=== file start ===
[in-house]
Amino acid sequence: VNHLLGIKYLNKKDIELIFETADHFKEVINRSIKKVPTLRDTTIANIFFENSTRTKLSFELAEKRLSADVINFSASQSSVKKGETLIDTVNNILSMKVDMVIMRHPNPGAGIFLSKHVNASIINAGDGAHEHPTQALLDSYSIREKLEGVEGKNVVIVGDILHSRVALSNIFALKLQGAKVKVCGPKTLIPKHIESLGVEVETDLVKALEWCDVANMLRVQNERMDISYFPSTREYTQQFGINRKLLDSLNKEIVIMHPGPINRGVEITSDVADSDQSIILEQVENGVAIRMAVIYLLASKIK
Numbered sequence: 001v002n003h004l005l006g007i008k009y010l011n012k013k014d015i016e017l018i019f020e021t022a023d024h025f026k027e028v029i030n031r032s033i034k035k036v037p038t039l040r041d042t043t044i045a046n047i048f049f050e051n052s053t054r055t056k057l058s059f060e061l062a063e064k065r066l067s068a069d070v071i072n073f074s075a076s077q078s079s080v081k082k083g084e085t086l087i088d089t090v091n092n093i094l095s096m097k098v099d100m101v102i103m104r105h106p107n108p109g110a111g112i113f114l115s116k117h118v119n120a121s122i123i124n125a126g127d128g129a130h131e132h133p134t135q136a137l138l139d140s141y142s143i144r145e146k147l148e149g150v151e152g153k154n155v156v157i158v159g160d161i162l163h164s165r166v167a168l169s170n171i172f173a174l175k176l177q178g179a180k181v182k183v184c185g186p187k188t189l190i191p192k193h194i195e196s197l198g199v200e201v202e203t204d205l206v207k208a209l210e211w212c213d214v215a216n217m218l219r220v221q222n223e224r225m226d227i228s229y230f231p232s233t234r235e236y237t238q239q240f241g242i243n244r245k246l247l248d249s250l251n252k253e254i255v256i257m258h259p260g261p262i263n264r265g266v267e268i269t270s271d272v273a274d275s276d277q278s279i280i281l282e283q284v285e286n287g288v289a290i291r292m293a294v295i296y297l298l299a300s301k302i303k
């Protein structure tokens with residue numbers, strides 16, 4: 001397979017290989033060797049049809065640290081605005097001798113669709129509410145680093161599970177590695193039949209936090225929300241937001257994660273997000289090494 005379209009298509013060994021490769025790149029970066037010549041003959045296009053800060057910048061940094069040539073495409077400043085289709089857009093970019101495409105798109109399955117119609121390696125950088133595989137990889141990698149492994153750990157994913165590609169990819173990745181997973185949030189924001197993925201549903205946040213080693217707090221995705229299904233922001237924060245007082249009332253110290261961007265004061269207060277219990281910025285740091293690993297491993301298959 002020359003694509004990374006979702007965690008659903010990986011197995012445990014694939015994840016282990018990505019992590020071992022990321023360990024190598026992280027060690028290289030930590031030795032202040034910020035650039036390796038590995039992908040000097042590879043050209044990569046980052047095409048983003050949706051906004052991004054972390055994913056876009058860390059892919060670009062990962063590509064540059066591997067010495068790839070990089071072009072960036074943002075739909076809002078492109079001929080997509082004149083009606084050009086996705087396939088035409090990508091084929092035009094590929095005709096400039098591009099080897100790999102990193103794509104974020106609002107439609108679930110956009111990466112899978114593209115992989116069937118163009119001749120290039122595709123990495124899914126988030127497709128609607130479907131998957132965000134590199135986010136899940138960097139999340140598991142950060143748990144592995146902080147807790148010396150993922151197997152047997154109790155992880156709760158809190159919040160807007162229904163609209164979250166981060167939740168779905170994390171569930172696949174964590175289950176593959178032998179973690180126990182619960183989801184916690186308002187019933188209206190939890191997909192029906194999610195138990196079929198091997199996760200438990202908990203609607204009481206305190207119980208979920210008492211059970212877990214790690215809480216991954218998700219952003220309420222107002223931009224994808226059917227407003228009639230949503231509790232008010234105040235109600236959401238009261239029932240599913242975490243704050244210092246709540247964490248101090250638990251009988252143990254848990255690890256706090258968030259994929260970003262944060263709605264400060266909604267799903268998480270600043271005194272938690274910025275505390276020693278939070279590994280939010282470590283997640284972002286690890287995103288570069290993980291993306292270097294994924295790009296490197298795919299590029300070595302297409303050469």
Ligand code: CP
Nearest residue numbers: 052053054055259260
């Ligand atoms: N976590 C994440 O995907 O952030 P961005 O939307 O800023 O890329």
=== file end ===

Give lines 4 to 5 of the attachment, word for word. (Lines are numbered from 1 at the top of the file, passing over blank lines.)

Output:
């Protein structure tokens with residue numbers, strides 16, 4: 001397979017290989033060797049049809065640290081605005097001798113669709129509410145680093161599970177590695193039949209936090225929300241937001257994660273997000289090494 005379209009298509013060994021490769025790149029970066037010549041003959045296009053800060057910048061940094069040539073495409077400043085289709089857009093970019101495409105798109109399955117119609121390696125950088133595989137990889141990698149492994153750990157994913165590609169990819173990745181997973185949030189924001197993925201549903205946040213080693217707090221995705229299904233922001237924060245007082249009332253110290261961007265004061269207060277219990281910025285740091293690993297491993301298959 002020359003694509004990374006979702007965690008659903010990986011197995012445990014694939015994840016282990018990505019992590020071992022990321023360990024190598026992280027060690028290289030930590031030795032202040034910020035650039036390796038590995039992908040000097042590879043050209044990569046980052047095409048983003050949706051906004052991004054972390055994913056876009058860390059892919060670009062990962063590509064540059066591997067010495068790839070990089071072009072960036074943002075739909076809002078492109079001929080997509082004149083009606084050009086996705087396939088035409090990508091084929092035009094590929095005709096400039098591009099080897100790999102990193103794509104974020106609002107439609108679930110956009111990466112899978114593209115992989116069937118163009119001749120290039122595709123990495124899914126988030127497709128609607130479907131998957132965000134590199135986010136899940138960097139999340140598991142950060143748990144592995146902080147807790148010396150993922151197997152047997154109790155992880156709760158809190159919040160807007162229904163609209164979250166981060167939740168779905170994390171569930172696949174964590175289950176593959178032998179973690180126990182619960183989801184916690186308002187019933188209206190939890191997909192029906194999610195138990196079929198091997199996760200438990202908990203609607204009481206305190207119980208979920210008492211059970212877990214790690215809480216991954218998700219952003220309420222107002223931009224994808226059917227407003228009639230949503231509790232008010234105040235109600236959401238009261239029932240599913242975490243704050244210092246709540247964490248101090250638990251009988252143990254848990255690890256706090258968030259994929260970003262944060263709605264400060266909604267799903268998480270600043271005194272938690274910025275505390276020693278939070279590994280939010282470590283997640284972002286690890287995103288570069290993980291993306292270097294994924295790009296490197298795919299590029300070595302297409303050469």
Ligand code: CP